Then of course there are other areas where local authorities not only have all the cards but know exactly how to play them.  We may not always play them correctly and sometimes luck has its own way of influencing things, but councils should not despair if they find themselves in the wake of others; let’s understand our strengths and work on our weaknesses.

Even the most adventurous are still somewhat risk-averse

ukgc12 was attended by many of those whom I consider innovators – those who will not accept impossibility or mediocrity, those who ask for forgiveness rather than permission and see opportunity around every PID.  However, even these wonderful individuals have their own pressure points, those things which cause them to lean back a little and speak the dreaded words ‘let’s just think about this for a moment…’.

The built-in small ‘c’ conservatism is a hard habit to shake, and some are still absolutely wedded to their own ideas of what is right and correct.  The unwillingness to use software which wasn’t built in-house and which isn’t tied to at least a five year support contract means some shy away from what others see as agile and useful tools.  We may all want what is best, but our definitions of best still vary significantly at times.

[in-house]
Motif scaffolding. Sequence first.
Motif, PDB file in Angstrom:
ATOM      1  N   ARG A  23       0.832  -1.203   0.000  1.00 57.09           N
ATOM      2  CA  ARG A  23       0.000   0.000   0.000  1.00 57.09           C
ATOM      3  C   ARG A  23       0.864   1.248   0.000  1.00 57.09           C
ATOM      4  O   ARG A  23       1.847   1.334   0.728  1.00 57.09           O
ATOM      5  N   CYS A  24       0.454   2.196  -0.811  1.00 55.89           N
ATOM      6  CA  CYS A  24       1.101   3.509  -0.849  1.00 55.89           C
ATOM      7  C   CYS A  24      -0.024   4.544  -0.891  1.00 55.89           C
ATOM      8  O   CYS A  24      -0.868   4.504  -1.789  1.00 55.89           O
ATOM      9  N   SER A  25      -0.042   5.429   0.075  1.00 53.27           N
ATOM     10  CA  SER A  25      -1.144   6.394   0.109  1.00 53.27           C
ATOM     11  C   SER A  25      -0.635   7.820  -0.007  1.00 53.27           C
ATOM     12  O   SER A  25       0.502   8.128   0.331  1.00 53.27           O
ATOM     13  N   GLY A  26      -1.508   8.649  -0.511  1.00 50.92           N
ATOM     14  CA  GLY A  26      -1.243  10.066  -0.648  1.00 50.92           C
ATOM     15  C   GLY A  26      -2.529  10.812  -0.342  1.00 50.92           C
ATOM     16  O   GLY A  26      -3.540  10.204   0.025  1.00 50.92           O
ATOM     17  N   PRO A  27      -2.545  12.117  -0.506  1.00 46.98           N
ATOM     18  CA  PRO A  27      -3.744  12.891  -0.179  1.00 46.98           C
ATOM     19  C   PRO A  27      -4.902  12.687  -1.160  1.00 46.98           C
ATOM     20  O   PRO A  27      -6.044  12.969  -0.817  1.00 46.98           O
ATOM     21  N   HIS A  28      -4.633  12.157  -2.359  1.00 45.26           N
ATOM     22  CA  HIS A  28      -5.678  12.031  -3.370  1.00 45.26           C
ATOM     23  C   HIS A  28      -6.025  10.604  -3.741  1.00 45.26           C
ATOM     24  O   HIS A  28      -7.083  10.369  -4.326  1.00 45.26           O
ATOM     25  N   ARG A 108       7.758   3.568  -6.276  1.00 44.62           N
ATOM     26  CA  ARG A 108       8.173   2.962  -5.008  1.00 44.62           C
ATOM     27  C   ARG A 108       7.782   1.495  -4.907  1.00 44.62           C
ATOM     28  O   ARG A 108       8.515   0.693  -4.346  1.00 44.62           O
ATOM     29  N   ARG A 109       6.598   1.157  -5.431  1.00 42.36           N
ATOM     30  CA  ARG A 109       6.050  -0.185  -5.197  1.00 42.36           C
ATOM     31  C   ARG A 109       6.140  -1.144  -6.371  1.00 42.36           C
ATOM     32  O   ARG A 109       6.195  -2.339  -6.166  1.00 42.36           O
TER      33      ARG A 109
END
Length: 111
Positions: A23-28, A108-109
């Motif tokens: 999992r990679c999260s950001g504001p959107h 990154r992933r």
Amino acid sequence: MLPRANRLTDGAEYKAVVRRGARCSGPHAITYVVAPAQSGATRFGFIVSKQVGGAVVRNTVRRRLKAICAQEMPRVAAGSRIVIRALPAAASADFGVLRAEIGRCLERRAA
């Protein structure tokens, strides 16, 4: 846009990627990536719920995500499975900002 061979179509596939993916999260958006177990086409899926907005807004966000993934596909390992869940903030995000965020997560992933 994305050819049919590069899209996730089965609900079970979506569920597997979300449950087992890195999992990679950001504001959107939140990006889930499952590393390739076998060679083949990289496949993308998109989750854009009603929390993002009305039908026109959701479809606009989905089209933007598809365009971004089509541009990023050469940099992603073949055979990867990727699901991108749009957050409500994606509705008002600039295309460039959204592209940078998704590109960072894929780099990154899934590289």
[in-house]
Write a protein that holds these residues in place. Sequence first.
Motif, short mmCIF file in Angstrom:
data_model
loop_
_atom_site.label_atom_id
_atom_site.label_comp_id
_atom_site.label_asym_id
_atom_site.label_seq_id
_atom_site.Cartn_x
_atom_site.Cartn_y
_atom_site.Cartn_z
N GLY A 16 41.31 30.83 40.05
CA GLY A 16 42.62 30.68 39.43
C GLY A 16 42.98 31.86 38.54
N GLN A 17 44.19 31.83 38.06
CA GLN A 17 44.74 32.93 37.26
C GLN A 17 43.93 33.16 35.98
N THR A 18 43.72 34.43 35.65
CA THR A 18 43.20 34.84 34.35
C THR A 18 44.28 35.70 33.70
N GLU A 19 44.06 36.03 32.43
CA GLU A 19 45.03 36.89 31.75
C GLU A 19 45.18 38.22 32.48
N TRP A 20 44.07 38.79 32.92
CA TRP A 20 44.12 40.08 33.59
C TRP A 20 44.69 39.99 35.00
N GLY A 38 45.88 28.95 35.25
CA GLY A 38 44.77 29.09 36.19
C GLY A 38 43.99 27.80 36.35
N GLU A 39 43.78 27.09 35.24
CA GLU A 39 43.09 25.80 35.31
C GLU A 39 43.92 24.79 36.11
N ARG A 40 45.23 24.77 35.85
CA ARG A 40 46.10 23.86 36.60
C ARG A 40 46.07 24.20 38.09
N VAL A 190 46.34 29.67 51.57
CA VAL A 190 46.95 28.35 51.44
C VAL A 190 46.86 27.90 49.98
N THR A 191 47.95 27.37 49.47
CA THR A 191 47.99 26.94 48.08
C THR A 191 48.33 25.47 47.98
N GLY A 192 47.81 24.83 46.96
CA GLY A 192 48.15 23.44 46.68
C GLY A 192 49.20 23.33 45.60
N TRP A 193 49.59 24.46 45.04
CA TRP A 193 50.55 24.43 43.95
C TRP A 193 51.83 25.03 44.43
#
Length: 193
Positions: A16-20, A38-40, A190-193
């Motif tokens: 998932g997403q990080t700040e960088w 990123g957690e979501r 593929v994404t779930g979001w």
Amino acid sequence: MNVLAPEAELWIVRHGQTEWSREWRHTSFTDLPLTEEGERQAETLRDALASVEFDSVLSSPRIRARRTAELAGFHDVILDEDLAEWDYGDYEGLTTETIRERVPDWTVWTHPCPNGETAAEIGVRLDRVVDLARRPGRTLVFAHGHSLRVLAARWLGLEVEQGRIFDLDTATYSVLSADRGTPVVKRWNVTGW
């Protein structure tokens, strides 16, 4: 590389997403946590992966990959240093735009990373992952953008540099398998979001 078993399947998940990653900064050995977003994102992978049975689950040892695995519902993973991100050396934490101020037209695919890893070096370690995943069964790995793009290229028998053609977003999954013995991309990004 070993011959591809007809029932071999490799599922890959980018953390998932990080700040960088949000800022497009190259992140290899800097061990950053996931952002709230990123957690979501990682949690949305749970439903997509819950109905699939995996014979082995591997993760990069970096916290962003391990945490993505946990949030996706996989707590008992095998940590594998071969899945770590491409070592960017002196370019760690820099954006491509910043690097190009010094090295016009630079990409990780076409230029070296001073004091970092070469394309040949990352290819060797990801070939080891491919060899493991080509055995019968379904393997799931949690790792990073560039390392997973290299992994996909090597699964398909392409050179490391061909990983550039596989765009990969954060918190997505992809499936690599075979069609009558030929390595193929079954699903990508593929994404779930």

It is possible to be excited by work

Having done a similar job for more years than I care to remember, there are days when it’s easy to feel as if you are going through the motions.  Each ‘new’ project which is suggested by a consultant or as a result of a manager attending another course is actually a rehash of something that was tried years ago, just with the letter ‘e’ or ‘i’ put before it.  Excitement was something which went out as Chaka Khan came in.